Still, the most frequent "worries" that I've seen over and over again: The other players won't be able to call each other the f word anymore, and they're going to feel "weird" sharing a locker room with him.
Hmm. Really? I guess they should have been uncomfortable the moment they ever started playing organized football, if they're so worried that someone could *gasp* look at them in a locker room. You know, because that never happens unless gay people are at large, #nohomo.
Everyone, it's math time. A football team typically has 53 or more dudes on it at any given time. Liberal conventional wisdom says that 10 percent or even 25 percent of humans are LGBT in some way. More conservative estimates say that the figure is more like 3 percent. Among all of the pee-wee, junior high, high school, and college teams that these players have been on, any football player has changed in front of, showered with, or BS'd in a locker room with upwards of 15 gay people (or, more conservatively, somewhere between one and five). But now that they would know that one of their teammates is gay, they now suddenly feel uncomfortable? Give me a break.
Interestingly this is always the question, when we get down to it. There's no doubt that gay players can play — they've been playing all along. And no one really wants to know whether a gay athlete will feel comfortable playing with straight men. The question is, Will gigantic straight men suddenly, God forbid, feel objectified for the first time in their lives?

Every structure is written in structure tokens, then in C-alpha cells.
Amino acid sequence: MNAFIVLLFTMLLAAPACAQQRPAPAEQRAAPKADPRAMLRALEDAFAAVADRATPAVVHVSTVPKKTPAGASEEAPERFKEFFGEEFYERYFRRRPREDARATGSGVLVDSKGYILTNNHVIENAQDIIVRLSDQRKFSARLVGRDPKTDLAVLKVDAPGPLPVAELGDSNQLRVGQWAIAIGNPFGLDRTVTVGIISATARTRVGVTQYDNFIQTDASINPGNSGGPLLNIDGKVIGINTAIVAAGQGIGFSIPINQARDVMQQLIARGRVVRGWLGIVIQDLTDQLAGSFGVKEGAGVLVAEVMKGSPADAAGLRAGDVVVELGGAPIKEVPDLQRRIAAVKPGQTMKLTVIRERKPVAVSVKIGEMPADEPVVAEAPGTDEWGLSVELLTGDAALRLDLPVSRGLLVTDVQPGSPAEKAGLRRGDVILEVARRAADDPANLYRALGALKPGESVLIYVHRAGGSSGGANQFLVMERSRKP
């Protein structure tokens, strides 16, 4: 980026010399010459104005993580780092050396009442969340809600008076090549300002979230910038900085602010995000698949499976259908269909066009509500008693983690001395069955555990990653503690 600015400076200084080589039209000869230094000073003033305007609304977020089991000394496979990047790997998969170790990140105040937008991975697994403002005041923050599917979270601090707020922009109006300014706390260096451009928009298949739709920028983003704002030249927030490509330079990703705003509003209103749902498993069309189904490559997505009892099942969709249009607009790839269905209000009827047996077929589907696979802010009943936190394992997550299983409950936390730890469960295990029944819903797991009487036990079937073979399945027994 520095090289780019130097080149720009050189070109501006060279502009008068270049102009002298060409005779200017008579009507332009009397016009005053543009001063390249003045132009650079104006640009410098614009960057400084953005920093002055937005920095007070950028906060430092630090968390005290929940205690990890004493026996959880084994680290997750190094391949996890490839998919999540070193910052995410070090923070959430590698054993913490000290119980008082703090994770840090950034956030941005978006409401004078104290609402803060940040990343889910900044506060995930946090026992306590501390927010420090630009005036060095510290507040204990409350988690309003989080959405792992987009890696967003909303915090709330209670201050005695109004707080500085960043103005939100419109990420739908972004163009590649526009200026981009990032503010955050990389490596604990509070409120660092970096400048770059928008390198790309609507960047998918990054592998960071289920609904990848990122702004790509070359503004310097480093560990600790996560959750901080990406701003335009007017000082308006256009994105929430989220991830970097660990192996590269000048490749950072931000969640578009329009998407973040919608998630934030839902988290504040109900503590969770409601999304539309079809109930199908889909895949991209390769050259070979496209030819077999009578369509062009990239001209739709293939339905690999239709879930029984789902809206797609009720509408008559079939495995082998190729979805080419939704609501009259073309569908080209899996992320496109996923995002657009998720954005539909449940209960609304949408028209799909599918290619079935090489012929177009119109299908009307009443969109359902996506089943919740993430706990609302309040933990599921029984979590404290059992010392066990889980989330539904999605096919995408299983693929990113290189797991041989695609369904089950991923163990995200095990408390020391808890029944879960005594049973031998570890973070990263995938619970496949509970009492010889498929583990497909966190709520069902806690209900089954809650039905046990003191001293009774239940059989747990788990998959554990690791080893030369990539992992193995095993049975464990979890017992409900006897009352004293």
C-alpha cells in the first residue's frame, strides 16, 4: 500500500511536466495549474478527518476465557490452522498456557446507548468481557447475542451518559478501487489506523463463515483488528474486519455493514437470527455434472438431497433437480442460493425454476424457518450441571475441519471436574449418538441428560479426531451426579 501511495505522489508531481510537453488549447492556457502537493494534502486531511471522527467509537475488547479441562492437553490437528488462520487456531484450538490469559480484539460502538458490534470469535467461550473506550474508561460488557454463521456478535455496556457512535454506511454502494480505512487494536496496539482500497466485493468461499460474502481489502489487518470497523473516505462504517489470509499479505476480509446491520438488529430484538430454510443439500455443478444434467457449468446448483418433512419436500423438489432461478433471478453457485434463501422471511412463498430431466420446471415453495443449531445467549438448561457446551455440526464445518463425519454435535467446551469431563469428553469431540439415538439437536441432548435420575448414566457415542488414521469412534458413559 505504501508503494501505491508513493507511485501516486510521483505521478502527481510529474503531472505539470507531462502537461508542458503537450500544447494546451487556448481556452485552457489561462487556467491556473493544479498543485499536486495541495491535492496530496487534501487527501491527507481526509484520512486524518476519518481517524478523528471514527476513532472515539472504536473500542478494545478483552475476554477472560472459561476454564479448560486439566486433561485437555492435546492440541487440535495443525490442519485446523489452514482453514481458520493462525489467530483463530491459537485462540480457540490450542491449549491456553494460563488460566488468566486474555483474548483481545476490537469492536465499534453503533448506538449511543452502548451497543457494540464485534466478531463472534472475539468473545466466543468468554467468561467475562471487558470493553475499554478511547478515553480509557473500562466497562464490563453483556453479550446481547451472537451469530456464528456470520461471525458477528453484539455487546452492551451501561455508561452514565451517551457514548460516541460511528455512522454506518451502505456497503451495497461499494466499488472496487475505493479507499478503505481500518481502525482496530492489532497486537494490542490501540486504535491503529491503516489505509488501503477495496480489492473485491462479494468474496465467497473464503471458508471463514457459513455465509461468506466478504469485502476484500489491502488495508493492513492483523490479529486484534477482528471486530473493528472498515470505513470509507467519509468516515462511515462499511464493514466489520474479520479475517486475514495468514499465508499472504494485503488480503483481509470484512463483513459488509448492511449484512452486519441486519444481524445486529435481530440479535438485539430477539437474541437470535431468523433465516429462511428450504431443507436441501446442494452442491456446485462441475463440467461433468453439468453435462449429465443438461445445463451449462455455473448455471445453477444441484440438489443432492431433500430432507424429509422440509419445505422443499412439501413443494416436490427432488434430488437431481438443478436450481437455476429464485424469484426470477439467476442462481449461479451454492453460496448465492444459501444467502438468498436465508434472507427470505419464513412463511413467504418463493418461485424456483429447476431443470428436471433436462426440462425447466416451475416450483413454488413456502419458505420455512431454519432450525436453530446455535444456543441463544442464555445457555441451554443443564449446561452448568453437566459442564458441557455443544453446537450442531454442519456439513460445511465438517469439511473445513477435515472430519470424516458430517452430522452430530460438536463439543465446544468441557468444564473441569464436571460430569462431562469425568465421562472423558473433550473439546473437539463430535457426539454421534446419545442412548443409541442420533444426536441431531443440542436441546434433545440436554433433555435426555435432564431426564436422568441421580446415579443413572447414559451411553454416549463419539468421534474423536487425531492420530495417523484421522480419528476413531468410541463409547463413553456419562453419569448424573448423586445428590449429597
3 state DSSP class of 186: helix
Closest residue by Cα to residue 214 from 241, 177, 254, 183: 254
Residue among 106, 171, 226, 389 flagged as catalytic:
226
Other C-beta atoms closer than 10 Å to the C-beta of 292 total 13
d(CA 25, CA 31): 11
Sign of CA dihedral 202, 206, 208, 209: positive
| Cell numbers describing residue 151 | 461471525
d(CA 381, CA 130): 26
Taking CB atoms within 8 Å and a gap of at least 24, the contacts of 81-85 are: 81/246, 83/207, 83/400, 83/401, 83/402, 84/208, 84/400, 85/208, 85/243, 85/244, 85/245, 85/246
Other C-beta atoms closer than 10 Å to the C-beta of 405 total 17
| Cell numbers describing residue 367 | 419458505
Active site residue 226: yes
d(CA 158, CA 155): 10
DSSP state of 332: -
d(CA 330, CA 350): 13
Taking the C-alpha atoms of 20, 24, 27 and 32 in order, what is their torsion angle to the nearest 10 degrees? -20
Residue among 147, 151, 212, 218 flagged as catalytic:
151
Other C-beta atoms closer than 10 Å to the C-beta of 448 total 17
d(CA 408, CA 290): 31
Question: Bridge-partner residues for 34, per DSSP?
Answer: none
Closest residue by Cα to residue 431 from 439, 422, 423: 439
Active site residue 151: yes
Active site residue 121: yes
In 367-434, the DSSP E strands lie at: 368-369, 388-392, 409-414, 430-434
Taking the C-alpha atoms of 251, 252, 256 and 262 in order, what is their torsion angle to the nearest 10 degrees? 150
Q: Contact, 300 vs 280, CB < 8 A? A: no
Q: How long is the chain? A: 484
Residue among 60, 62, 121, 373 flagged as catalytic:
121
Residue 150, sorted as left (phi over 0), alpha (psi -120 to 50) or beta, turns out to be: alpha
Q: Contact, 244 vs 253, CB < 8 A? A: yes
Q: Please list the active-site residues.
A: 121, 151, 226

Doesn't feel too great, does it, dudes?
With Sam's tremendous announcement, the speculation, and questions will undoubtedly continue. Until he finally is drafted, we'll wonder whether Sam's chances of being an early pick will be shattered because of his announcement. A bunch of scouts seem to think so — The NFL Scout Draft on CBS says Sam's draft stock has been fluctuating all over the place, since. Initially, his stock dropped nearly 100 points in the rankings, but he's gone back up about 50 spots. Apparently, this is nothing to worry about, since these rankings fluctuate (and you may be one of those people, like me, who believe the stock market — the real one and the NFL stock market — is mostly volatile hooey, anyway).
Until then, I'm pinning my hopes on Mike Sam as being the Jackie Robinson of LGBT people (no pressure, bro). Because that's what this is all about: breaking barriers and paving the way for more people to join until it doesn't matter who you love, or the color of your skin. The only thing that will matter will be whether you can play.
And in this grand experiment, we won't know who will draft Sam, or how early in the draft he'll get picked up, or whether he'll be a distraction. But whichever team takes him will certainly see an uptick of new fans — I'll estimate an increase of somewhere between 3 and 10 percent or even 25 percent.
MICHELLE GARCIA is the managing editor of The Advocate and she is in love with covering sports this week. Follow her on Twitter @MzMichGarcia.